• Figure 2 illustrates an embodiment of a method 200 for illuminating a port on an electronic device. At block 210, an actuator on the electronic device receives an input. The input might be an automatic input such as the detection by the actuator of a cable in the vicinity of the port. Alternatively, the input might be a manual input such as the pressing of a button on the electronic device or other actuations or inputs as described above. At block 220, after detecting the input, the actuator causes a light source on the electronic device to illuminate the port.
  • The devices described above might include a processing component that is capable of executing instructions related to the actions described above. Figure 3 illustrates an example of a system 1300 that includes a processing component 1310 suitable for implementing one or more embodiments disclosed herein. In addition to the processor 1310 (which may be referred to as a central processor unit or CPU), the system 1300 might include network connectivity devices 1320, random access memory (RAM) 1330, read only memory (ROM) 1340, secondary storage 1350, and input/output (I/O) devices 1360. These components might communicate with one another via a bus 1370. In some cases, some of these components may not be present or may be combined in various combinations with one another or with other components not shown. These components might be located in a single physical entity or in more than one physical entity. Any actions described herein as being taken by the processor 1310 might be taken by the processor 1310 alone or by the processor 1310 in conjunction with one or more components shown or not shown in the drawing, such as a digital signal processor (DSP) 1380. Although the DSP 1380 is shown as a separate component, the DSP 1380 might be incorporated into the processor 1310.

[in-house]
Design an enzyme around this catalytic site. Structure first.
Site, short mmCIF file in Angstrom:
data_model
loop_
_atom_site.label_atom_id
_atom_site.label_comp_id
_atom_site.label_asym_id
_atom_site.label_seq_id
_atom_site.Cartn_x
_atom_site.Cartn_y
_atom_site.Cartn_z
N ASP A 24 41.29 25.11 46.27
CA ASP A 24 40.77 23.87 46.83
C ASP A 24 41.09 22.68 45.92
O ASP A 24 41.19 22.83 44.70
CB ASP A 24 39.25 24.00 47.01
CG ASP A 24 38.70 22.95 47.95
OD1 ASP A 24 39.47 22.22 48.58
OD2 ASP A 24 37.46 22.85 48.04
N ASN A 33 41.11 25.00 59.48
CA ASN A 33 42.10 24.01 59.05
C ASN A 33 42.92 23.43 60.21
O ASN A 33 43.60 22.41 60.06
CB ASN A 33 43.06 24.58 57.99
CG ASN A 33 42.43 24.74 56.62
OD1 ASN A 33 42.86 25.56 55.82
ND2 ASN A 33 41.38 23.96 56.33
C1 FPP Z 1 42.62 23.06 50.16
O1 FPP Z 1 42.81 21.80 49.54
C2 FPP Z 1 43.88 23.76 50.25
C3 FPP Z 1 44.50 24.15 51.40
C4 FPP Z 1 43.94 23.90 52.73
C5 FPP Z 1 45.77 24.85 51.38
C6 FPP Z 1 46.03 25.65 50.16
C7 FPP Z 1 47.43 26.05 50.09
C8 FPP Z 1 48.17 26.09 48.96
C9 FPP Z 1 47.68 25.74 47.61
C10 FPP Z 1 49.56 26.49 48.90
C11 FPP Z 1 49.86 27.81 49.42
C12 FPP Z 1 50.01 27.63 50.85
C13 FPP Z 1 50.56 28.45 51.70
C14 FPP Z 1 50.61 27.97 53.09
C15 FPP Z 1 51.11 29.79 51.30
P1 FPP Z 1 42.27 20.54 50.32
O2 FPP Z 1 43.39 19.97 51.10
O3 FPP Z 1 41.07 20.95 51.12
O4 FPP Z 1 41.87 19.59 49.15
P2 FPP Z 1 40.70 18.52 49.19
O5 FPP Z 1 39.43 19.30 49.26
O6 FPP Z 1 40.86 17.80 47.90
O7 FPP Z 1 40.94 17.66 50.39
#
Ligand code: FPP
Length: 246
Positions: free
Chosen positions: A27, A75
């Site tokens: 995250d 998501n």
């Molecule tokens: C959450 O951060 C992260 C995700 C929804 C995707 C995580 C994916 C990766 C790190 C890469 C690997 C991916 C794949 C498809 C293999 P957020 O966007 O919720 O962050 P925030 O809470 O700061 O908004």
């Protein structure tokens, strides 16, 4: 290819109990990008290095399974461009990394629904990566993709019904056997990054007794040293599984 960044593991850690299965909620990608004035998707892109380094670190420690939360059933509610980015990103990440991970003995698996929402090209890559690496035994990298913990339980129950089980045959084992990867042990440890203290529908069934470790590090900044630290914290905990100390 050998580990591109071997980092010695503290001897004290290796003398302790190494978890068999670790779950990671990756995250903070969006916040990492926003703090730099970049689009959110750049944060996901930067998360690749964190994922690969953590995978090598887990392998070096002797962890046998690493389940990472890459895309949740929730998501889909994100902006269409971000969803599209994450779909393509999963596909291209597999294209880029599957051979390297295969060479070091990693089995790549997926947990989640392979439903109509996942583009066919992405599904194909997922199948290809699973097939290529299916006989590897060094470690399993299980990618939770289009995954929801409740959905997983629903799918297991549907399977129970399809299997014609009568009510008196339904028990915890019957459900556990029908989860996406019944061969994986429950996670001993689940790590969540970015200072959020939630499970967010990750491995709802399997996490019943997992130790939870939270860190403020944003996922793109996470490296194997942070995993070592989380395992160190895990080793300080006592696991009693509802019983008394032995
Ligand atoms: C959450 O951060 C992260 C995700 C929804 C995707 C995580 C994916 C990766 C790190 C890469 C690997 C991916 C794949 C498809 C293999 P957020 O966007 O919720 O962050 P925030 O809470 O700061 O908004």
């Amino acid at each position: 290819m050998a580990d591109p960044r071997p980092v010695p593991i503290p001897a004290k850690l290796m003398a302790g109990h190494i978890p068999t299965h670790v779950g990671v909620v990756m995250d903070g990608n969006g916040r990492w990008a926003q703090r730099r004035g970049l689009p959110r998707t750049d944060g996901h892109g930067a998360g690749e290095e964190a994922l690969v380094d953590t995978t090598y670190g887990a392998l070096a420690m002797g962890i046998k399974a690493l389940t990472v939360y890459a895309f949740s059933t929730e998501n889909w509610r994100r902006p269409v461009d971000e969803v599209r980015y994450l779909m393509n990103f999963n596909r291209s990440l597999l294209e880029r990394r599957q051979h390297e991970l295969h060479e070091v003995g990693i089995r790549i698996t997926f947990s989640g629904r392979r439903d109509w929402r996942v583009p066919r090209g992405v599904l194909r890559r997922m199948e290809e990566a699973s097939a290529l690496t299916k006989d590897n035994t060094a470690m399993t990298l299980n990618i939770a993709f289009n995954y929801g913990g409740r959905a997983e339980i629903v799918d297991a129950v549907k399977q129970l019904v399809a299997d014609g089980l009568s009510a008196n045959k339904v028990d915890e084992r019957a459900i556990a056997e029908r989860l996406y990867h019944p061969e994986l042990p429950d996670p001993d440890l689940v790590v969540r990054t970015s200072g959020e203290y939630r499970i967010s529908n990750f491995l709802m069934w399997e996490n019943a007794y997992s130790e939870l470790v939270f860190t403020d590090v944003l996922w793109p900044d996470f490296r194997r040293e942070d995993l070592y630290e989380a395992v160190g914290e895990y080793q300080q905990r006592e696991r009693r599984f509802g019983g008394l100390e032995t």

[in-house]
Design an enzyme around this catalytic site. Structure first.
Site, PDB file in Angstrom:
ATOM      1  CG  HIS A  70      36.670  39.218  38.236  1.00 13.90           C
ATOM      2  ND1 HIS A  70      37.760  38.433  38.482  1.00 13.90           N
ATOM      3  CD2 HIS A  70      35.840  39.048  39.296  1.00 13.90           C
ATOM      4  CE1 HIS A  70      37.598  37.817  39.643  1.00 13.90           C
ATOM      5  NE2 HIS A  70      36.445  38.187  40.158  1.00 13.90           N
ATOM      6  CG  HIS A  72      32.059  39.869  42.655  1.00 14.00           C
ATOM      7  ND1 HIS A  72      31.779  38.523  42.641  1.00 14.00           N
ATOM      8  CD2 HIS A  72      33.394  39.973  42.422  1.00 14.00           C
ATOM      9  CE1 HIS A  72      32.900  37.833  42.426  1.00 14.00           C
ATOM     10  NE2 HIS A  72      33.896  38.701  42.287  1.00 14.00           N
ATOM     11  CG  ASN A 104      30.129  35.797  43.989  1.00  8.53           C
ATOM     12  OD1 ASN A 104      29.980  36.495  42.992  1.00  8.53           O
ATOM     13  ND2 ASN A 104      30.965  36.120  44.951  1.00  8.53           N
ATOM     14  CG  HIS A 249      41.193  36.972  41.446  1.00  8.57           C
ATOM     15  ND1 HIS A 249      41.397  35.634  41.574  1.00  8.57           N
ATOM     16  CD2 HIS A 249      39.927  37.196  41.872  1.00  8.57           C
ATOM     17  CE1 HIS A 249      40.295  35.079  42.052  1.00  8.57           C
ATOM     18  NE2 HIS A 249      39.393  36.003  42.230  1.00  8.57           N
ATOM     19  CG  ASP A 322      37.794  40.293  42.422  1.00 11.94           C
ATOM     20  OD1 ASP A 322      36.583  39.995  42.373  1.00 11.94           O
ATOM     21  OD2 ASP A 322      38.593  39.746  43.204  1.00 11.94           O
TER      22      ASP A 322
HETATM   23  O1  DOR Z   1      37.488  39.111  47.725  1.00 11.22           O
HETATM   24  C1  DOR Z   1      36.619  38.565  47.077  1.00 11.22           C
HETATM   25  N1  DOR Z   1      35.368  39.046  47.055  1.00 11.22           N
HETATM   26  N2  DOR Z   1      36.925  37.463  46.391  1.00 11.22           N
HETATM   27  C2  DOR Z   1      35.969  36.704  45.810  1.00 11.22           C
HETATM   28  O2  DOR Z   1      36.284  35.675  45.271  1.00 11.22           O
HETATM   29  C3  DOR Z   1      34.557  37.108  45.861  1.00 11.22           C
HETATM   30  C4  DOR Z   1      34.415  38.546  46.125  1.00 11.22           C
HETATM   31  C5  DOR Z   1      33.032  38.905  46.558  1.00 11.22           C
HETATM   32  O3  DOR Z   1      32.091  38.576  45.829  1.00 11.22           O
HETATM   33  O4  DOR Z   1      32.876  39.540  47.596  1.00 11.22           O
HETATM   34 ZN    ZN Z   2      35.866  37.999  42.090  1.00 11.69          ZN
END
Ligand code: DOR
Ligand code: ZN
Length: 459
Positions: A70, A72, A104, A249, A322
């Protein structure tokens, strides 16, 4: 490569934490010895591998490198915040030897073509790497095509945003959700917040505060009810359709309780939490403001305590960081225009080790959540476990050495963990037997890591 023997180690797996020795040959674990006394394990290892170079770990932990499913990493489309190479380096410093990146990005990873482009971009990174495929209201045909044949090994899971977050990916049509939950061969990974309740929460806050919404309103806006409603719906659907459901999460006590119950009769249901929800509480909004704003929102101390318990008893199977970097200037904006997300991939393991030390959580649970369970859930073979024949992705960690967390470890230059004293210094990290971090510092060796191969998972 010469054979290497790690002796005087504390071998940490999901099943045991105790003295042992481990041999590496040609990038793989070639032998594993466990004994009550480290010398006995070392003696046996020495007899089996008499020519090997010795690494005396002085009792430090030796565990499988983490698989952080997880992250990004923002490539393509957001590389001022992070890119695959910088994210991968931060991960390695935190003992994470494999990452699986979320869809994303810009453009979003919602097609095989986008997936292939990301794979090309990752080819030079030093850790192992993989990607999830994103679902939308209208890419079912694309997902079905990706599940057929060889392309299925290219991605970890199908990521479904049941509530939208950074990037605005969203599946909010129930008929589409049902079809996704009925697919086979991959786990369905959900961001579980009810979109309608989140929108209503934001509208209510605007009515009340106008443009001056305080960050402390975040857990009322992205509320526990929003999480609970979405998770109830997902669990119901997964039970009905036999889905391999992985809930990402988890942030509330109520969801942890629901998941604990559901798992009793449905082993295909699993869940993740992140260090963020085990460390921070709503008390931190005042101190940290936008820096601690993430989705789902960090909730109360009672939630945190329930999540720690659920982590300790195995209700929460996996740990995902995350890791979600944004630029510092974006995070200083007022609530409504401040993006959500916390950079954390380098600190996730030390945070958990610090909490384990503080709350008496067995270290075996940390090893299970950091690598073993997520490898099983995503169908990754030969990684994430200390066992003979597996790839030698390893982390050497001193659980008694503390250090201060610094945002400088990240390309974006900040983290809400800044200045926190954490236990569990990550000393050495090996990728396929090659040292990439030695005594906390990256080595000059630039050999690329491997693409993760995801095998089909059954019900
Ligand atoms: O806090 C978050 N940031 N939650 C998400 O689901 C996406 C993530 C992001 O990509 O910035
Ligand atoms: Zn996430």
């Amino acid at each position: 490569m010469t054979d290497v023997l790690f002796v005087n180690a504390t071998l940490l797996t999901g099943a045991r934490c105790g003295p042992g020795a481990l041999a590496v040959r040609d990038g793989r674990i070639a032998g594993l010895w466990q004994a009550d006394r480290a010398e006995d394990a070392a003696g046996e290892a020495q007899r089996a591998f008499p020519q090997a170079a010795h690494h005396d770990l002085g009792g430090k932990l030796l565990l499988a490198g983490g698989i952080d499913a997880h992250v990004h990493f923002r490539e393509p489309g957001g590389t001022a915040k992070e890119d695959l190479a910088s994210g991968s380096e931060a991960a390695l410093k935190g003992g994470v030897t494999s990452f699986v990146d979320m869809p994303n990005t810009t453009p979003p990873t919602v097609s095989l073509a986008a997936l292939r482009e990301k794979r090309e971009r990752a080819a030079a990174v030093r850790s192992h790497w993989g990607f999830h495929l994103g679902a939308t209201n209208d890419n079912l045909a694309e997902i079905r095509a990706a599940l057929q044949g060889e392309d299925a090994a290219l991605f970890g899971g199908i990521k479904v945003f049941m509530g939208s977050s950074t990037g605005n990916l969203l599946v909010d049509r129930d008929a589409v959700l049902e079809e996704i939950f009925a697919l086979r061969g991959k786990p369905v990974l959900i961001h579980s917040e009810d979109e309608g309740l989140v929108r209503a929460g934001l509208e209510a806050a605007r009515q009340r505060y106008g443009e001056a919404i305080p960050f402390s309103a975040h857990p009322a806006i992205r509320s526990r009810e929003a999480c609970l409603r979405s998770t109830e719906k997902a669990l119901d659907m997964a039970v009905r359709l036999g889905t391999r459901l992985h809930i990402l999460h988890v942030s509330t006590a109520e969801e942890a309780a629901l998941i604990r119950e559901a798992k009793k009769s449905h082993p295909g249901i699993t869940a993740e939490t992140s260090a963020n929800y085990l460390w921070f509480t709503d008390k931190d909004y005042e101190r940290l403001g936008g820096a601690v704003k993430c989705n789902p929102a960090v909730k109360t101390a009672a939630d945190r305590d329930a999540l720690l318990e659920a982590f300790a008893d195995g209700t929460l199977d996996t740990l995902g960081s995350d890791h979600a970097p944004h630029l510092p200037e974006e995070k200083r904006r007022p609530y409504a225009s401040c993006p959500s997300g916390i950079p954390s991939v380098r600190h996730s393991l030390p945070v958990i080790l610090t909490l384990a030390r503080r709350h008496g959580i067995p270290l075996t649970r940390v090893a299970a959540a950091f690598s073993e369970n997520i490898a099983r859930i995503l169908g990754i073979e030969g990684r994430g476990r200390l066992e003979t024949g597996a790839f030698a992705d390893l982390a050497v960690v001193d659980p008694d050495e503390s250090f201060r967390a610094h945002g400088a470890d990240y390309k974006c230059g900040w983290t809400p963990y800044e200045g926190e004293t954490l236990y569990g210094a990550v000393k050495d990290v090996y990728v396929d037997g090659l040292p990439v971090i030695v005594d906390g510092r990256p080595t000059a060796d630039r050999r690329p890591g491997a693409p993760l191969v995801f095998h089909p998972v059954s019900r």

• The processor 1310 executes instructions, codes, computer programs, or scripts that it might access from the network connectivity devices 1320, RAM 1330, ROM 1340, or secondary storage 1350 (which might include various disk-based systems such as hard disk, floppy disk, or optical disk). While only one CPU 1310 is shown, multiple processors may be present. Thus, while instructions may be discussed as being executed by a processor, the instructions may be executed simultaneously, serially, or otherwise by one or multiple processors. The processor 1310 may be implemented as one or more CPU chips.
  • The network connectivity devices 1320 may take the form of modems, modem banks, Ethernet devices, universal serial bus (USB) interface devices, serial interfaces, token ring devices, fiber distributed data interface (FDDI) devices, wireless local area network (WLAN) devices, radio transceiver devices such as code division multiple access (CDMA) devices, global system for mobile communications (GSM) radio transceiver devices, worldwide interoperability for microwave access (WiMAX) devices, digital subscriber line (xDSL) devices, data over cable service interface specification (DOCSIS) modems, and/or other well-known devices for connecting to networks. These network connectivity devices 1320 may enable the processor 1310 to communicate with the Internet or one or more telecommunications networks or other networks from which the processor 1310 might receive information or to which the processor 1310 might output information.